Autistic people live in a world not designed for how we experience it, for the way we relate to others and the way we naturally communicate. Every time we walk outside our door, we make reasonable adjustments for others without autism, who are in the majority. The negative messages we receive are that non-autistic people are the skilled communicators, that they are the ones who have empathy and unfortunately they, as the majority, hold the power to make the decisions to include us and about the policies that affect us. Autistic rights, our way of being, are seldom recognized — often unless we are male children with the voices of non-autistic parents and parent-led charities speaking over us and for us. As you experienced, this world we often collide with has little understanding of autism as it manifests in an adult female form. As a woman with special needs managing these situations alone, it can be frightening.

Many autistic people have been to airports. The bright fluorescent lights that can blind us. The anticipation of where we are going and the change that trip means to our usual routines. The passing through security, requiring undressing of shoes, belts, coats and the brief separation from the electronic gadgets that are our connection to our online communities and peer support networks. The body contact and touch of security people. The anxious wait, checking electronic boards to know which gate our plane will depart from and the inevitable rush of people and their bags to jostle for position in lines. The enclosed space of an airplane and the women who surely must have bathed in perfume from the way it fills our senses and turns our stomachs. The closeness of strange males near us, which for many of us, can be a trigger to incidents from the past.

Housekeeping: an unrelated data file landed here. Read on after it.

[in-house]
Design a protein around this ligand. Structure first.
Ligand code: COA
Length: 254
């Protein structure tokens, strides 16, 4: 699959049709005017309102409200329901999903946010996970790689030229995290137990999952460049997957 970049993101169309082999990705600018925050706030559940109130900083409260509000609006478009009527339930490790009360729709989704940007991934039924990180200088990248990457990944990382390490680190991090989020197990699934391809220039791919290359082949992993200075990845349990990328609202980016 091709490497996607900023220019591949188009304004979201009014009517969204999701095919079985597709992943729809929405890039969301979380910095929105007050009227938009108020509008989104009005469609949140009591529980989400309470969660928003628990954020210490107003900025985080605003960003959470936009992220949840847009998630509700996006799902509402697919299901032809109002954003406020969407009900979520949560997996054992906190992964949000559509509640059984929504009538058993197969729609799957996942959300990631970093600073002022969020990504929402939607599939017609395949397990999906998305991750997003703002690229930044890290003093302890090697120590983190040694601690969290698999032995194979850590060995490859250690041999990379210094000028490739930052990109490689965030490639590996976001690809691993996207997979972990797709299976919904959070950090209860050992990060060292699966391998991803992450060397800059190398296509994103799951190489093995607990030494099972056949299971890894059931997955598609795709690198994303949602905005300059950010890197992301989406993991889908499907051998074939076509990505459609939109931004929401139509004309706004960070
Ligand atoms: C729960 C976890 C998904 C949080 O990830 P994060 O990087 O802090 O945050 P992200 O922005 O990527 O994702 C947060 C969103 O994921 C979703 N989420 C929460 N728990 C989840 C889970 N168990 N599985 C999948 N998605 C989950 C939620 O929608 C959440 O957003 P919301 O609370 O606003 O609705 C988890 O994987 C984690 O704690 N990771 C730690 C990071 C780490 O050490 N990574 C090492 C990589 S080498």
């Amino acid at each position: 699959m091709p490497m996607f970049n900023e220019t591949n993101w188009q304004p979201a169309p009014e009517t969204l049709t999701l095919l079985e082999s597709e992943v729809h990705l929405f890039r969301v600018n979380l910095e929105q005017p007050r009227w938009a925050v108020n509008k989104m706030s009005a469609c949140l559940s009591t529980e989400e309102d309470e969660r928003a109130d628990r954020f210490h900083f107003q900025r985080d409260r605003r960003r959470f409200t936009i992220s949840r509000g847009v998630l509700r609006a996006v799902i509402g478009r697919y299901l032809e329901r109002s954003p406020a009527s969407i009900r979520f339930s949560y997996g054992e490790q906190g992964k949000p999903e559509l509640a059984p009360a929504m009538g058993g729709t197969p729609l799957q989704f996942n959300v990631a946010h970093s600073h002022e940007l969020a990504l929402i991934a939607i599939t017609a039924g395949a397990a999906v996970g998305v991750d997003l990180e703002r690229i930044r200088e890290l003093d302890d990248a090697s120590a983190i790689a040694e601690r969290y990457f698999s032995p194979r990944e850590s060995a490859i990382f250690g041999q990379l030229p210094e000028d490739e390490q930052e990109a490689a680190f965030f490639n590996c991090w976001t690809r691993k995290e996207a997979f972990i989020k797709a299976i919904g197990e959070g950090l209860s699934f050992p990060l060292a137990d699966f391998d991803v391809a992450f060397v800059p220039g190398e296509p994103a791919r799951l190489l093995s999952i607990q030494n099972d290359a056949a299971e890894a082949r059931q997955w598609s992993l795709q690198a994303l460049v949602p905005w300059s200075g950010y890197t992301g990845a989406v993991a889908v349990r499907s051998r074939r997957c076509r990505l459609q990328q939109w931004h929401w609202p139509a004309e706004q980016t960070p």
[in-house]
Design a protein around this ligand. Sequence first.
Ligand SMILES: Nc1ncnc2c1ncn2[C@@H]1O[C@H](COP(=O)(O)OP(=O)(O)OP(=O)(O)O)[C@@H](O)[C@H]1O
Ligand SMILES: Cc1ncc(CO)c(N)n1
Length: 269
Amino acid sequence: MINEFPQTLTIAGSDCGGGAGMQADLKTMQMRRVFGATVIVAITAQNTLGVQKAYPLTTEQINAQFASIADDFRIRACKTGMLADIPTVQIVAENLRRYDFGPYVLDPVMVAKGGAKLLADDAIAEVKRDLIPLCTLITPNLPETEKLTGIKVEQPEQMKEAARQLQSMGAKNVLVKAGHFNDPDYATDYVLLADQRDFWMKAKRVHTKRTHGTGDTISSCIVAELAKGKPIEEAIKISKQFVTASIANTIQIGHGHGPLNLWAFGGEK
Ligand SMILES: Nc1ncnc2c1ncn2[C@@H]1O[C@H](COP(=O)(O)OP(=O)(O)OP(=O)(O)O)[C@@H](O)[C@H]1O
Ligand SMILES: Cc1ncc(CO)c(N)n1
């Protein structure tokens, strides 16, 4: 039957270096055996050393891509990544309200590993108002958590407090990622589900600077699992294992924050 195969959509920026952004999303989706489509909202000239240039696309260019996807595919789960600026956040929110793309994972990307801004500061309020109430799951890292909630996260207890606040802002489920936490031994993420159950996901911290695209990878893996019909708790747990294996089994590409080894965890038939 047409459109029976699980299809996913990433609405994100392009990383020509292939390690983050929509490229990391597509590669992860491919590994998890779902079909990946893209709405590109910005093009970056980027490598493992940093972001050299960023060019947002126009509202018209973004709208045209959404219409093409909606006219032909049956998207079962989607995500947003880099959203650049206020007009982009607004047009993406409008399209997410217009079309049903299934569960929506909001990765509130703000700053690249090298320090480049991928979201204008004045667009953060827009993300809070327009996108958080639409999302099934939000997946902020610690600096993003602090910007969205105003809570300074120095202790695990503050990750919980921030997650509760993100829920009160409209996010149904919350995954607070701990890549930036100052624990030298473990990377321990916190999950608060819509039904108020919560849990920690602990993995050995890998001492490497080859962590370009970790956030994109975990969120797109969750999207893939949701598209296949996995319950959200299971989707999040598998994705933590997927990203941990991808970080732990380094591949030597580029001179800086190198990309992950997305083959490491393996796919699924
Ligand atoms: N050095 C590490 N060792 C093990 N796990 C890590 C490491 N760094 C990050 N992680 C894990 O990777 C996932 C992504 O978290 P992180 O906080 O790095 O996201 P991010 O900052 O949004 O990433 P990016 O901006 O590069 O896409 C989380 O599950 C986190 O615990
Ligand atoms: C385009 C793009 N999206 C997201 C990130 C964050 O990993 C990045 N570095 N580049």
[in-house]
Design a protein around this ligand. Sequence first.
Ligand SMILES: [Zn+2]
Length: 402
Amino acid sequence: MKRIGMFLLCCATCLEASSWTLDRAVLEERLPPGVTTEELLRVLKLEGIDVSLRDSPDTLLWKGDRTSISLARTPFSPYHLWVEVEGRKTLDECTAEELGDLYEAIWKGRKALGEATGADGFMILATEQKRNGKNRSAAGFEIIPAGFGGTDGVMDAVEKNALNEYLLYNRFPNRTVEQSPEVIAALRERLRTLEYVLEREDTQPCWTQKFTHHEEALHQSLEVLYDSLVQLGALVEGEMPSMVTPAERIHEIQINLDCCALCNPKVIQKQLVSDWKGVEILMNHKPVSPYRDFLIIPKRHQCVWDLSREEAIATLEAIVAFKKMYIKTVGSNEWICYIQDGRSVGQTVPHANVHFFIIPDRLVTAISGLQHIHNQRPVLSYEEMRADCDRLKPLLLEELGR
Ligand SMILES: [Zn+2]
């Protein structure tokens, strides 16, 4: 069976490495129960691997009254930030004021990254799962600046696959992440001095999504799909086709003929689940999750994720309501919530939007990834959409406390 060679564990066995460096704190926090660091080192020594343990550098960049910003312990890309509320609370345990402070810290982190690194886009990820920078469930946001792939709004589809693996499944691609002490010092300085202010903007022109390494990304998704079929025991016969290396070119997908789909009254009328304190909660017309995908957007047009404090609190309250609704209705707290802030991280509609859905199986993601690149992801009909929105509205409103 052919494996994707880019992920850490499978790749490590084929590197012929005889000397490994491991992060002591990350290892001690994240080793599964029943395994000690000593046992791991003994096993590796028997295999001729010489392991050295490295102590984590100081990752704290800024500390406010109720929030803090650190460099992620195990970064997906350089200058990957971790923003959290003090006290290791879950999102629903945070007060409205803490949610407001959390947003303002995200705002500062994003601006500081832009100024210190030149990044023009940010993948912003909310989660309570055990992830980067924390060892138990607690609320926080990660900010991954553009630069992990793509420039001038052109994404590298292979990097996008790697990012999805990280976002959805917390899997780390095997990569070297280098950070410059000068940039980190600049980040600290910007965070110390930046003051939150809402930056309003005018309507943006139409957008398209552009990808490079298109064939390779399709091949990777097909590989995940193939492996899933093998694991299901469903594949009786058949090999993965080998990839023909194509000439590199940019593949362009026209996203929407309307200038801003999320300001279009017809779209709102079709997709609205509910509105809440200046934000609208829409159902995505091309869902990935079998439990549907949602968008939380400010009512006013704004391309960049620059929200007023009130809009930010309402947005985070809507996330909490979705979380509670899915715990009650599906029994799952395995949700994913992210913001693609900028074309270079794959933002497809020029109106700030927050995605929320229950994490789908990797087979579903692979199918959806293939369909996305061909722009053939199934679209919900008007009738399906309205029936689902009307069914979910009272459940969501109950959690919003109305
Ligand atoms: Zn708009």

Susan, you found yourself in a situation where your system was assaulted by an onslaught of stimuli too overwhelming to process and manage alone — a feeling your autistic peers know all too well. For some of us, we silently bear it, we shut down. For some of us, we panic and look for ways to escape. For some of us, we get mouthy, and that is seen to be aggressive and rude.

I hope that the advisors around you understand that an apology as a form of damage control is not warranted. You cannot help the way you are. It is not a choice, it is how we as autistic people are programmed. Buildings and airports and public places do have a choice, they can decide if their spaces will be inclusive of us or not. Your experience has the potential to teach Heathrow Airport to do better by you and by the autistic people that pass through their terminals.

If you feel you need to apologize, I hope you have loving support around you. I hope those people are telling you, you did the best you could do in that moment. That you are OK. That they will help you to identify your own triggers so future distress can be minimized. We live in hope to see examples of the empathy and great communication skills of the non-autistic world while waiting for them to meet us at least half way. Because having autism, and having your needs unmet, is not a reason to write a letter of apology.

Loving support from,

Your friends at Autism Women Matter

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“Normal” is such a weird word. To me, it has connotations of boring, unexciting, run-of-the-mill. I would never want to be referred to as “normal” — I feel it is bland, safe and average. But “normal” can also mean the center, the equilibrium, the thing that always happens, nothing bad, nothing too extreme, just the everyday stuff that goes on. I always felt that “normal” was some badge of acceptance, that you have managed to achieve a middling level of human ability; you were not odd, you were not different, you did not stand out, and in my naive young mind, I thought that everyone’s “normal” was the same. That everyone was striving to be the same “normal,” that we were all connected to a collective brain that pulled and pushed us to conform. That there was a “normal” ideal that we were all striving for, and any deviation from this goal was wrong.